1st March 2009

There are some Brits here for whom, economically, times are really hard. They are the ones who relied on either working (even the French can't find work) or living off interest savings (which have plummeted to zero). When things get really desperate and the outgoings exceed the income - like Mr. Micawber in Dickens - there are basically two options. You can either go back home to the UK and stay with a relative whilst looking for a regular (all-year) tenant for your French property, or consider downsizing in France.
For the latter, you can usually get a French bridging loan for 70% of the value of the existing property, which you can use to buy a pretty village home in France - there are loads of cheap properties available all over the country. These loans are normally granted for a period of up to two years which can be extended in some cases, but you don't need to pay it back until your original house is sold. In the meantime, you put your original property on the market at a realistic price and when it eventually sells, you pay off the loan and bank a large cheque.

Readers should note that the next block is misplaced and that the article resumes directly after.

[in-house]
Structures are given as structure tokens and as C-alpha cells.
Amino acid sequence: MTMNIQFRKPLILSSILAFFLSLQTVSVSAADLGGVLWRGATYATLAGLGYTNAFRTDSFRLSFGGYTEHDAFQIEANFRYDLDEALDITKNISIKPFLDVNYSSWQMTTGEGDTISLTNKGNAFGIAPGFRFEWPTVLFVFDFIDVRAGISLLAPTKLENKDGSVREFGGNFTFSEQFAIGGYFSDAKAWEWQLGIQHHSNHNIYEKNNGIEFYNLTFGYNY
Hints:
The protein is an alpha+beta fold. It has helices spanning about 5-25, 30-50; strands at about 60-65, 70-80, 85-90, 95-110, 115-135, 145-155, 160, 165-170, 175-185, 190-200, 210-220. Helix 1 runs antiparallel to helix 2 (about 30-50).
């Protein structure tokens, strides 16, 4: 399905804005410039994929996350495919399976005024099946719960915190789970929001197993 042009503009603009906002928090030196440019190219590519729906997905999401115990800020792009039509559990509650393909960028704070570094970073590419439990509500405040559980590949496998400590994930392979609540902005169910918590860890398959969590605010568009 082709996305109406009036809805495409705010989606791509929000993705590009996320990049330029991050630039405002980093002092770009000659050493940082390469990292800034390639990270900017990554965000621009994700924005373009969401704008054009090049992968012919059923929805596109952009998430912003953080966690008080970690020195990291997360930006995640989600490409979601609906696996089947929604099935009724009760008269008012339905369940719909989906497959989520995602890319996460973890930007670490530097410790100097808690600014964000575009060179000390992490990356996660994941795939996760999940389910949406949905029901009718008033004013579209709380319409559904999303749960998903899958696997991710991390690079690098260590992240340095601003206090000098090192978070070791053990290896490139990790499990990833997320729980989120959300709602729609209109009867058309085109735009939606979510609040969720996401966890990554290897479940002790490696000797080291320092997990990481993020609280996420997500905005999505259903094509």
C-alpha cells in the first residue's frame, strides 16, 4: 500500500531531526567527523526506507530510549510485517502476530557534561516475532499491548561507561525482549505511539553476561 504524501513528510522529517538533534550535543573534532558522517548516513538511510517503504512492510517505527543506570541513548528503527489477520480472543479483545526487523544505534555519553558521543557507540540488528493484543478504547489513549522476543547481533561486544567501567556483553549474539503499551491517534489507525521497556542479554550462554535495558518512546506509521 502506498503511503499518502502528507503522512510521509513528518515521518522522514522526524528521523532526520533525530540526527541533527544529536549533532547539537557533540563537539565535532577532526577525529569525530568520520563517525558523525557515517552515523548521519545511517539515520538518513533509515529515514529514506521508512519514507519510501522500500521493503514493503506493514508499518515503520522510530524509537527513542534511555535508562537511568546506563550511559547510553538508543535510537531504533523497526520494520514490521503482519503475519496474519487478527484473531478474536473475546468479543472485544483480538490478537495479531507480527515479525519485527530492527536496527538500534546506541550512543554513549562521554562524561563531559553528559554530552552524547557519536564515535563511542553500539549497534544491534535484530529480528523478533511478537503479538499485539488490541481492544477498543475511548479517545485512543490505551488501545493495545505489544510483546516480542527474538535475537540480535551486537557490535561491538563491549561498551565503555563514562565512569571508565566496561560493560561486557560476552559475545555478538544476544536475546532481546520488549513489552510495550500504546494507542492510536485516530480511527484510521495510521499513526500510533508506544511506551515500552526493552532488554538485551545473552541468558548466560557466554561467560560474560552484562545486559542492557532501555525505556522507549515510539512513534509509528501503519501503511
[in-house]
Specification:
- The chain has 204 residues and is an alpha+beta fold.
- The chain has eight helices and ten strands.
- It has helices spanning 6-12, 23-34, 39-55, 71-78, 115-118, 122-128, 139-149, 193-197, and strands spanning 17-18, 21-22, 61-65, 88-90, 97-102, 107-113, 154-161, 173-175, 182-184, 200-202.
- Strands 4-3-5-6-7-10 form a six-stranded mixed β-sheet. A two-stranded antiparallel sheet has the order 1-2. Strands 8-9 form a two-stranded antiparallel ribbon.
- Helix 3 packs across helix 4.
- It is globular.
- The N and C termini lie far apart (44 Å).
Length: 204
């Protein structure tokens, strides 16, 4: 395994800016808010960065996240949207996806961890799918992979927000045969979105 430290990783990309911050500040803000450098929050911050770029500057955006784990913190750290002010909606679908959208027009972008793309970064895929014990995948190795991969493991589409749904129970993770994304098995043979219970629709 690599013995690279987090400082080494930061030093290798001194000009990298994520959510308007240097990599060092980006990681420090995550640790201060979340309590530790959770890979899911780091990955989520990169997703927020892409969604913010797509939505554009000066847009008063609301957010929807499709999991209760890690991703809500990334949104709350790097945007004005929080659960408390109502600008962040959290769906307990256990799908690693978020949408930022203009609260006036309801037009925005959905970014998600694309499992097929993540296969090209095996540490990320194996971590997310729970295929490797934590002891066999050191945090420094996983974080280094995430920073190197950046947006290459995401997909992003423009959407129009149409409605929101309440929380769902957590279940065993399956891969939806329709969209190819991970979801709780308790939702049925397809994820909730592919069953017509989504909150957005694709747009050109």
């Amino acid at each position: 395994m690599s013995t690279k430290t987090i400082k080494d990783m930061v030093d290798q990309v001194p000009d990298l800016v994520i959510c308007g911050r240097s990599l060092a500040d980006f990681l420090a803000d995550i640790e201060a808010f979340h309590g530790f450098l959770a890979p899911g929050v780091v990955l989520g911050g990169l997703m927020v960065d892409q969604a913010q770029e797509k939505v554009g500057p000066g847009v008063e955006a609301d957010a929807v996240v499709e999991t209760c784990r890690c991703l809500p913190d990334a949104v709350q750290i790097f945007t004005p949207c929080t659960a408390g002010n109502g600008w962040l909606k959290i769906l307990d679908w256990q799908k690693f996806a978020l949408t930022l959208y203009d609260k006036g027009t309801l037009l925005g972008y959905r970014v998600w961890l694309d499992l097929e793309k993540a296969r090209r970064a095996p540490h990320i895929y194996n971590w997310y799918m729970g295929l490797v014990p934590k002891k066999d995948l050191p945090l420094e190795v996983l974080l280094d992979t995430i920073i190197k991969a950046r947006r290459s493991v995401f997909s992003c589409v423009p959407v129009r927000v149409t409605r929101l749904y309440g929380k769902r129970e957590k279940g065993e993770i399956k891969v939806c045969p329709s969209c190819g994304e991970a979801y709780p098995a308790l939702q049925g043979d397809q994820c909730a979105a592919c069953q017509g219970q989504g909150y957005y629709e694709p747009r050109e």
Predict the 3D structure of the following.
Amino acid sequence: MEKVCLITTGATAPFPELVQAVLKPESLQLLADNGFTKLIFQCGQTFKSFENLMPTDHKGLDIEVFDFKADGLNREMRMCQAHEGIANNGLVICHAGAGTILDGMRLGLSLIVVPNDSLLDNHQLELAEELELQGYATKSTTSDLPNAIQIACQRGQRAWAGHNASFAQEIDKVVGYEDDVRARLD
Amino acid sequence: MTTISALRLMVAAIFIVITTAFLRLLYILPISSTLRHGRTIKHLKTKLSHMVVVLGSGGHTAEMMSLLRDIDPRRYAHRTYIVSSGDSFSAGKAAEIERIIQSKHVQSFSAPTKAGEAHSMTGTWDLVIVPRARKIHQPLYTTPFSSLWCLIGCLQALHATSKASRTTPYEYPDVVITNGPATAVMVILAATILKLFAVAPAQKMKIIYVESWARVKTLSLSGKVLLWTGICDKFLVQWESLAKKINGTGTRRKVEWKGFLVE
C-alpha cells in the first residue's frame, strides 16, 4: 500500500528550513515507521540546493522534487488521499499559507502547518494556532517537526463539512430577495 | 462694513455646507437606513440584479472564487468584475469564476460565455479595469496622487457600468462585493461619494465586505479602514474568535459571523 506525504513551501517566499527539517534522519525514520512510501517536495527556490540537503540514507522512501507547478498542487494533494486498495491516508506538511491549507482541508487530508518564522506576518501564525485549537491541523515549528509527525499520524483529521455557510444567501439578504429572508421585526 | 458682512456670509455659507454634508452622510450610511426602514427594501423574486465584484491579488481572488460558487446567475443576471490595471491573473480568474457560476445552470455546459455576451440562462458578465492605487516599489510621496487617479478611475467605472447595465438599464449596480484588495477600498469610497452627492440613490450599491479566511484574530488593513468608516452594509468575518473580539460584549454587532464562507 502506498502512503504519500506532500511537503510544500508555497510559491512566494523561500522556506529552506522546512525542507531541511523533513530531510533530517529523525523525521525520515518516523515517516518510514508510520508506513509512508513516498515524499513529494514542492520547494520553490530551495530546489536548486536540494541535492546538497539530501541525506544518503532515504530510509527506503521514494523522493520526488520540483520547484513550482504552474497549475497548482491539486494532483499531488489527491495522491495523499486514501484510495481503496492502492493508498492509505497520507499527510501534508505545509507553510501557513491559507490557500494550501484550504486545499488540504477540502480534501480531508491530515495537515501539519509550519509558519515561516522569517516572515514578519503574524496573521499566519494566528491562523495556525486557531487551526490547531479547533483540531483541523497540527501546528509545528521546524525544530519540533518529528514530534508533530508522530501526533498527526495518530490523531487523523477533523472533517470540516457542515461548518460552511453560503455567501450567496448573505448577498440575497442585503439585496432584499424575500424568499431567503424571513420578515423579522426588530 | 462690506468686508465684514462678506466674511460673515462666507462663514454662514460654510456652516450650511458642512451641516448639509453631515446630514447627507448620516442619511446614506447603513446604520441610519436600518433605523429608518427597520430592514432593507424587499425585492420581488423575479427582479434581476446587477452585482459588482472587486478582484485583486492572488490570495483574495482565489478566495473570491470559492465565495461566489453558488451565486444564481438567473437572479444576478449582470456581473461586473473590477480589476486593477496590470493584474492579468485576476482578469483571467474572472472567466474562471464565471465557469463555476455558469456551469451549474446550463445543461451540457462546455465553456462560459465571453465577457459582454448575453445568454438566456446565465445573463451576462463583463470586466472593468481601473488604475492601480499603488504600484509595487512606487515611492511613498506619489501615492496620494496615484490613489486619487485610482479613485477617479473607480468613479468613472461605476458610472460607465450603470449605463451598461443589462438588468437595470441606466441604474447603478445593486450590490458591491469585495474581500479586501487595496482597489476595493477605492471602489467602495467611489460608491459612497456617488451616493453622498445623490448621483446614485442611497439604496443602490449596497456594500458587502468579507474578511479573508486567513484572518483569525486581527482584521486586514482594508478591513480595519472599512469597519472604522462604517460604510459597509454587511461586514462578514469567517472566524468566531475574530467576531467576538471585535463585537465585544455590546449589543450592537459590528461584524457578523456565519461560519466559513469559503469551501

Of course, you need to take account of all those extras, like estate agents' and notaires' fees. There is no standard agent's percentage - you need to check out the rates in their window. Certainly avoid those who charge more than 8%. A cheaper way of selling is to do it via a notaire. They are required by law to stick to a standard fee, which is always cheaper than an agent's fee: 5% of the selling price up to 45,735 euros and then 2.5% thereafter plus tax. Details of properties on sale via notaires can be found at http://www.immobilier.notaires.fr/.
The rule remains the same here: secure a regular income (it doesn't have to be large - we've found that you can live quite well on 1000 euros a month). The sun is shining, the air is clear and life is good.

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